Haims: Making new plans and traditions this Thanksgiving
This Thanksgiving may be particularly important to our history. While the holiday is rooted in gratitude, family, shared feasts and war, we must not forget the many great sacrifices that gave way to the Thanksgiving celebration.
As so many times in our past, once again, our individual and national fortitude is being tested. Unfortunately, across our nation (and globe), people are suffering and living in strife. COVID-19 is taking lives, shuttering businesses and schools, fueling political discord, and challenging our way of life. So, what is there to be thankful for?
From the very first Thanksgiving, formidable challenges had to be overcome. Not only did cultural, ideological, and philosophical differences need to be overcome, but alliances had to be established. The culmination of agreements made between the settlers of the Plymouth Colony and the Wampanoag Indians gave way to this first Thanksgiving celebration.
Throughout our American history, Thanksgiving has united, healed, and provided new beginnings. In 1789, President George Washington issued the first national Thanksgiving proclamation.
Within the proclamation, he called upon the nation to express thanks for the conclusion to the country’s Revolutionary War and the establishment of the constitutional government. Today, the last line of the proclamation may be quite relevant and be a reminder of this day’s intent and purpose:
“To promote the knowledge and practice of true religion and virtue, and the increase of science among them and us–and generally to grant unto all Mankind such a degree of temporal prosperity as he alone knows to be best.”
In President Lincoln’s 1863 proclamation of Thanksgiving he reminds the nation of two very meaningful and currently relevant issues. Ironically, the president began the proclamation by stating, “To these bounties, which are so constantly enjoyed that we are prone to forget the source from which they come” and he ends it by stating, “to heal the wounds of the nation and to restore it as soon as may be consistent with the Divine purposes to the full enjoyment of peace, harmony, tranquility and Union.”
As with President Washington and President Lincoln, we too are at war. Albeit, the war we are fighting is far more elusive and nefarious, we will unite and find new solutions.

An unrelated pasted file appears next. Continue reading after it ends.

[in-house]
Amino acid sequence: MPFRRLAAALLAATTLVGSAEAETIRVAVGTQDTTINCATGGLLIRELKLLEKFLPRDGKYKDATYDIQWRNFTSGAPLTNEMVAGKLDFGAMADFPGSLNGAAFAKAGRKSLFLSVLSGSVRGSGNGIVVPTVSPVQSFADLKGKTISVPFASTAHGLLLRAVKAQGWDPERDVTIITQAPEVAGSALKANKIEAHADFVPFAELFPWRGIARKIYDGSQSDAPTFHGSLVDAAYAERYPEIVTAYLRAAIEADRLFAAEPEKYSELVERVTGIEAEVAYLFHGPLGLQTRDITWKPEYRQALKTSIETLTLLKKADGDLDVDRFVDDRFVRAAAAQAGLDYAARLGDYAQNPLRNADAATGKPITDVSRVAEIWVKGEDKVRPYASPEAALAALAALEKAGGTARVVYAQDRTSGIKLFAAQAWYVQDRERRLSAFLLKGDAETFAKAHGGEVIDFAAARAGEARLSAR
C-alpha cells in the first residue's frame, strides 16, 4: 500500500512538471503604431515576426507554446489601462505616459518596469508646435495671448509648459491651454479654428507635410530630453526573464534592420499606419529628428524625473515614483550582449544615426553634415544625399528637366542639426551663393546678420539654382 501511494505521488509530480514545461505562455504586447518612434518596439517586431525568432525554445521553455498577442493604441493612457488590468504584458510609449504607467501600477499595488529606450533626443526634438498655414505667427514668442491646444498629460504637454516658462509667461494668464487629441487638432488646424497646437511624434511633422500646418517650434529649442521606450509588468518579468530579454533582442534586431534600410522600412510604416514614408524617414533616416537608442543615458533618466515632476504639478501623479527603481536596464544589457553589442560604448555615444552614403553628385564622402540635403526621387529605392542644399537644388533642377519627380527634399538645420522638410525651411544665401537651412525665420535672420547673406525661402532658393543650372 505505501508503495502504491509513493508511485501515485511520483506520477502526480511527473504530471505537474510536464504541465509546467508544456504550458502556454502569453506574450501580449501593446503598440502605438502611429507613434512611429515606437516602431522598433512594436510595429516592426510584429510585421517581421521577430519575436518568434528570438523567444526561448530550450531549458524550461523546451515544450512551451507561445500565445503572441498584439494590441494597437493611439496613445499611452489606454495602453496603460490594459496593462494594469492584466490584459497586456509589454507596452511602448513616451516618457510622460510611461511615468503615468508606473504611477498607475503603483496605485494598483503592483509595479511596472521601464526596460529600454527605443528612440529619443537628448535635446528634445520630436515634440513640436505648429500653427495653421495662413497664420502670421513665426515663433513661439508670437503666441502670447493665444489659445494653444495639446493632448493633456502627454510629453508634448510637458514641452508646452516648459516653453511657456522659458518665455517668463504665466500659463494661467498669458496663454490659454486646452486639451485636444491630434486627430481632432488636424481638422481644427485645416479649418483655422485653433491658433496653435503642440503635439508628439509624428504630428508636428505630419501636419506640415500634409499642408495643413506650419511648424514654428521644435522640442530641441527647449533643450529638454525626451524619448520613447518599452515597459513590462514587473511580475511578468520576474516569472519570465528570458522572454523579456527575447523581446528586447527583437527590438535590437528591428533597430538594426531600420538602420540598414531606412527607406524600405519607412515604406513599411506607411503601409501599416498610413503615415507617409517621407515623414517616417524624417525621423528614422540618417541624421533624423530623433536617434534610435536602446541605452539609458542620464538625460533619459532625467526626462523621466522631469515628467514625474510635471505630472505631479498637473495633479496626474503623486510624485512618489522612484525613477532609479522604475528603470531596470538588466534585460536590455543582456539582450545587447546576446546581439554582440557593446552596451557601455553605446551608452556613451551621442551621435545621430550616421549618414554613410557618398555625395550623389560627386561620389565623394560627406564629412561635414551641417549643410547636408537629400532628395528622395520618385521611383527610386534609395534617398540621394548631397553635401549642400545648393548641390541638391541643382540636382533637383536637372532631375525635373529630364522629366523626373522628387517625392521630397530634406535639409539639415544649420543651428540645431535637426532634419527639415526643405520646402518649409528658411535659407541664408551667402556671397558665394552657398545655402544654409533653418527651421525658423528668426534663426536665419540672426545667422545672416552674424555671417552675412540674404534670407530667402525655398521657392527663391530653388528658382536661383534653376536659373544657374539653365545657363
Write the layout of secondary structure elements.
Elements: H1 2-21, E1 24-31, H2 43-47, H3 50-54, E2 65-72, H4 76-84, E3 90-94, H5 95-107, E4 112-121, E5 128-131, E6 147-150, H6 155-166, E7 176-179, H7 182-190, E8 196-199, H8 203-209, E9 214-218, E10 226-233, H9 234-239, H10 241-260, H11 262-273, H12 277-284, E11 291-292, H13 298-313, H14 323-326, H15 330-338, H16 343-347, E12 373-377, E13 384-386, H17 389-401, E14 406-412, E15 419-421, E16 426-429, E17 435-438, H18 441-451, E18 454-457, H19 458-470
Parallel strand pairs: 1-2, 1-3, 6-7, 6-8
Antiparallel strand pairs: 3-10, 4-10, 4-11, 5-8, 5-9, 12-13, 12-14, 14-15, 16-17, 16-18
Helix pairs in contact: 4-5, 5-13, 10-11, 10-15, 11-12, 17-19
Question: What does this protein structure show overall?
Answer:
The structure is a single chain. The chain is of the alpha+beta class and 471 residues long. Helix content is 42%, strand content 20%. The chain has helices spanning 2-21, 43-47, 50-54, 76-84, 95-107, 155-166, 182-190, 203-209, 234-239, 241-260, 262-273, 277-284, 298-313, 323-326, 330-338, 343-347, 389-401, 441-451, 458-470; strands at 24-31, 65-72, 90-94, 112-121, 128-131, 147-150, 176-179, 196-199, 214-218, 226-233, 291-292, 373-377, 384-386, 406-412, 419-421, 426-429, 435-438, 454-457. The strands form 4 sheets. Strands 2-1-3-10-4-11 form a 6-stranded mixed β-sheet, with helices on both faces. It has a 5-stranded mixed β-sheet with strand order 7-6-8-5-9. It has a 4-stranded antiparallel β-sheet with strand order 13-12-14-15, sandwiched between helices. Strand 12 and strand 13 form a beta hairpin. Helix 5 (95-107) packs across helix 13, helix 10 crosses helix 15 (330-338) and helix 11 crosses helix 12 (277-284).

On this Thanksgiving holiday, we need remind ourselves of our nation’s traditions and values. Many times in our past we have met fear and danger with individual and national fortitude. Our “new normal” may seem strange and foreign but, as we always have, we will create new futures in the face of adversity.
This year, Thanksgiving will look different. With travel restrictions and quarantines in place, the hustle and bustle of traveling to see family and friends, and the sharing of buffet feasts will be starkly different. This Thanksgiving may very well turn out to be a time to be thankful for the opportunity to slow down and be appreciative for what we have and the people we surround ourselves with.
This year, we may have the opportunity to have a smaller and more intimate Thanksgiving and connect with a coworker, a neighbor, a friend, or even another family who is taking the pandemic seriously. This year, we should focus on what we are grateful for and remind ourselves of the virtue of gratitude.
We must make big personal sacrifices to keep ourselves and our communities safe. If history teaches us anything, it teaches us that we can learn from the hardships of prior experiences. As such, we should recall the lessons of the Spanish Flu. While the numbers of cases waned in the summer of 1918 leaving many to falsely believe the virus had run its course, the second wave of the Spanish Flu was severe and death rates skyrocketed.
This Thanksgiving, be mindful of the choices you make and the potential ramifications to your own health and well-being, that of your loved ones, and for those within your community. Be save, find meaning, and enjoy what this Thanksgiving has to offer.
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